The mortgage-interest tax deduction may go away early next year:
Scholars have long argued that the mortgage deduction and other tax subsidies supporting housing, including a deduction for property taxes and tax exemptions for profits on home sales, are neither equitable nor economically efficient. Some say they've helped skew the economy's reliance on an industry that has little export potential and often encourages over-consumption.
More important, despite the deduction's grip on the public and politicians, changing it as part of a package of other revisions offers Washington a chance to do something meaningful about the surging federal deficit: generate billions of dollars more in federal revenue that could be used to cut the deficit while inflicting surprisingly little pain on most middle-class homeowners.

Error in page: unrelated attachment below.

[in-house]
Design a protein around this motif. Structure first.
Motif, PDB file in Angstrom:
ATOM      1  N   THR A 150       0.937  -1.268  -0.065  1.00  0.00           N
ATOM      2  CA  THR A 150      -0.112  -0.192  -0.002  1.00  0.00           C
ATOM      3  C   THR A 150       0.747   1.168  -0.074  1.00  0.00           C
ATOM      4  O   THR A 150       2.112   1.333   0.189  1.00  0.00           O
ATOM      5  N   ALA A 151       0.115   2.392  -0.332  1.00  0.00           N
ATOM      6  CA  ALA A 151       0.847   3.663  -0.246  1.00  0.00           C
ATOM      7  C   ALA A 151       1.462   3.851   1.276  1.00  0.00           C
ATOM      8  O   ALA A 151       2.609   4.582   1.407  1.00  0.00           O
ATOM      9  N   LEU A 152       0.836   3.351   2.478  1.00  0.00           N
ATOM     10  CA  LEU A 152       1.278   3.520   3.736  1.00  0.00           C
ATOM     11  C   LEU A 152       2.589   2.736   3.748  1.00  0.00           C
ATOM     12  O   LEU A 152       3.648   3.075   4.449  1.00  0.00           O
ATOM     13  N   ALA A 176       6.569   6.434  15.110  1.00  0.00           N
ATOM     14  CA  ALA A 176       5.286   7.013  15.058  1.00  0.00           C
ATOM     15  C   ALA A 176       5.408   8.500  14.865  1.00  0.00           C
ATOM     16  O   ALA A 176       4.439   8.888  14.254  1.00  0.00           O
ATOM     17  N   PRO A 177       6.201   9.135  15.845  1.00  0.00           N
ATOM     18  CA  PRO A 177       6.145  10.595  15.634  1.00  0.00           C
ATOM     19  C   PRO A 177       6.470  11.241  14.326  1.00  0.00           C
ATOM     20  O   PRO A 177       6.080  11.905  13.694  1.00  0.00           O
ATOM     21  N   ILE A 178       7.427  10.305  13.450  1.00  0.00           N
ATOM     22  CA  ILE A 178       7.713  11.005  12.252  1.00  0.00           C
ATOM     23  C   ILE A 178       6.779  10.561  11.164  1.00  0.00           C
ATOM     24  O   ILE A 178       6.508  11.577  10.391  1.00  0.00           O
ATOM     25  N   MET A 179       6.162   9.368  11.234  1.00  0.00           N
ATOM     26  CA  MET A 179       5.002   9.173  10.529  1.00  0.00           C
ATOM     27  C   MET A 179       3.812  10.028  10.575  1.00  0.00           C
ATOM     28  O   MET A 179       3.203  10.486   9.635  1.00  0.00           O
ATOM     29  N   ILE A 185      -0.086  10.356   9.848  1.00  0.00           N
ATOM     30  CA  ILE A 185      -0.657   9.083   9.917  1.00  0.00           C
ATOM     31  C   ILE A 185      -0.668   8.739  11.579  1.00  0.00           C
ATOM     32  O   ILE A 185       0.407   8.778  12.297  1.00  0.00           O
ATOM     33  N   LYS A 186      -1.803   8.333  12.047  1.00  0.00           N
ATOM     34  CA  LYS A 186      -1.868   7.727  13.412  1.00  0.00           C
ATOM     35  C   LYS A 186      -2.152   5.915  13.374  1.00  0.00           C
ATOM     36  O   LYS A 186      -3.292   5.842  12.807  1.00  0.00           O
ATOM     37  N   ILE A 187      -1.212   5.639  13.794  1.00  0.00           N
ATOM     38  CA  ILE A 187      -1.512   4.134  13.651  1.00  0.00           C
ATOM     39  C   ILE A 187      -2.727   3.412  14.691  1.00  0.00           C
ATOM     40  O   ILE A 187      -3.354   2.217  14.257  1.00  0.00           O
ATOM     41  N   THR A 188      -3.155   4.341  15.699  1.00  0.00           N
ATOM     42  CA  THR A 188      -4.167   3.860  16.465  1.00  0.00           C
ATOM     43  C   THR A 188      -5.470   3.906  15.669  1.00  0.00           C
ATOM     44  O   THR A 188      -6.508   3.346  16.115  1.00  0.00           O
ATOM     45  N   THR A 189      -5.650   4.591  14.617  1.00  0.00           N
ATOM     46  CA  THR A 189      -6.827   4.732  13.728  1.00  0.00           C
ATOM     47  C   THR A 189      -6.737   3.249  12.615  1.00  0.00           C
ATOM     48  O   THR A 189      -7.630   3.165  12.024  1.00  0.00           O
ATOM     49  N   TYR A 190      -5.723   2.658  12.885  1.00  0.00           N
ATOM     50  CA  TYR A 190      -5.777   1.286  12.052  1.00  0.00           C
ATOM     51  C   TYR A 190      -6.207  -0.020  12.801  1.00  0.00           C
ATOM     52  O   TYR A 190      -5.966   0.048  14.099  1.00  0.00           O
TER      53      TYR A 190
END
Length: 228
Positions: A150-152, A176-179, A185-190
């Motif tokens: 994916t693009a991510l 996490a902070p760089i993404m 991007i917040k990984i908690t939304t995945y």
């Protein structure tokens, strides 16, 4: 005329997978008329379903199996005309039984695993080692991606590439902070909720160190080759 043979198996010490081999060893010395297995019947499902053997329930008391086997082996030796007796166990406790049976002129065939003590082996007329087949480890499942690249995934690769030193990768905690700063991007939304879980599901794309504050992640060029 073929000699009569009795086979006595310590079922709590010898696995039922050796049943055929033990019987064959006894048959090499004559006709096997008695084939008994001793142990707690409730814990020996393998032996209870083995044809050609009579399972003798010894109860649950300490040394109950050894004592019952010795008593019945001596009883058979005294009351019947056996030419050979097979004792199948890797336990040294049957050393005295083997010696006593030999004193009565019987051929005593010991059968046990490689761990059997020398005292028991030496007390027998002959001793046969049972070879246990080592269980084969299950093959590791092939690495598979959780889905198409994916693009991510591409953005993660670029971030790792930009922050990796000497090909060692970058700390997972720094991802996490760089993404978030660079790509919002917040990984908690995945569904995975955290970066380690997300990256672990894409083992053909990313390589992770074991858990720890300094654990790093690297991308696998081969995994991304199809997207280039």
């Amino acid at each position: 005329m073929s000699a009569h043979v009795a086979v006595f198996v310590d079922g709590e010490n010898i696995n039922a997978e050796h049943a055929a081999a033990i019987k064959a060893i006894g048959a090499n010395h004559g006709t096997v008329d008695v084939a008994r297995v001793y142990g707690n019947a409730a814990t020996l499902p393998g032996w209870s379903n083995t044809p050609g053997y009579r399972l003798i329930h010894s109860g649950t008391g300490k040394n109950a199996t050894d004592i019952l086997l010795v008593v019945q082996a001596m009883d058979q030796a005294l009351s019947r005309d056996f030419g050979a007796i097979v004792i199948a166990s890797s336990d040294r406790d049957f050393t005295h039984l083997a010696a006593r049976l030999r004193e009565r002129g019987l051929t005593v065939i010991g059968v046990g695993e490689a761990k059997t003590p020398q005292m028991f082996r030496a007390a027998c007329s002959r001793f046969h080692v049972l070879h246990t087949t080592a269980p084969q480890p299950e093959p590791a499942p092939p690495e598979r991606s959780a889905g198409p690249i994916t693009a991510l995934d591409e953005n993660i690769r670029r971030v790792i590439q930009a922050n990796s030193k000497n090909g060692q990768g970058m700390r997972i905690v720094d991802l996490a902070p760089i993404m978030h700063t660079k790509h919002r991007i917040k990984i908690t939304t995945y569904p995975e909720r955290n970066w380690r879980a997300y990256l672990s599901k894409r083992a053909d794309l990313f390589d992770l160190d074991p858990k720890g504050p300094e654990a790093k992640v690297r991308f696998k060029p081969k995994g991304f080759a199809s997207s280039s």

About half of all homeowners in the U.S. — and just a quarter of all taxpayers — benefit from the mortgage interest deduction at all. That's because most people don't have home loans or don't pay enough in mortgage interest to take advantage of the benefit.
Also left out are many homeowners in cheaper housing markets, though people with pricier homes and larger mortgages — many of them affluent younger Americans in coastal cities in California and on the East Coast — reap a disproportionately large share of the tax savings.
I do enjoy deducting my mortgage interest, but like the article said, I won't miss it all that much.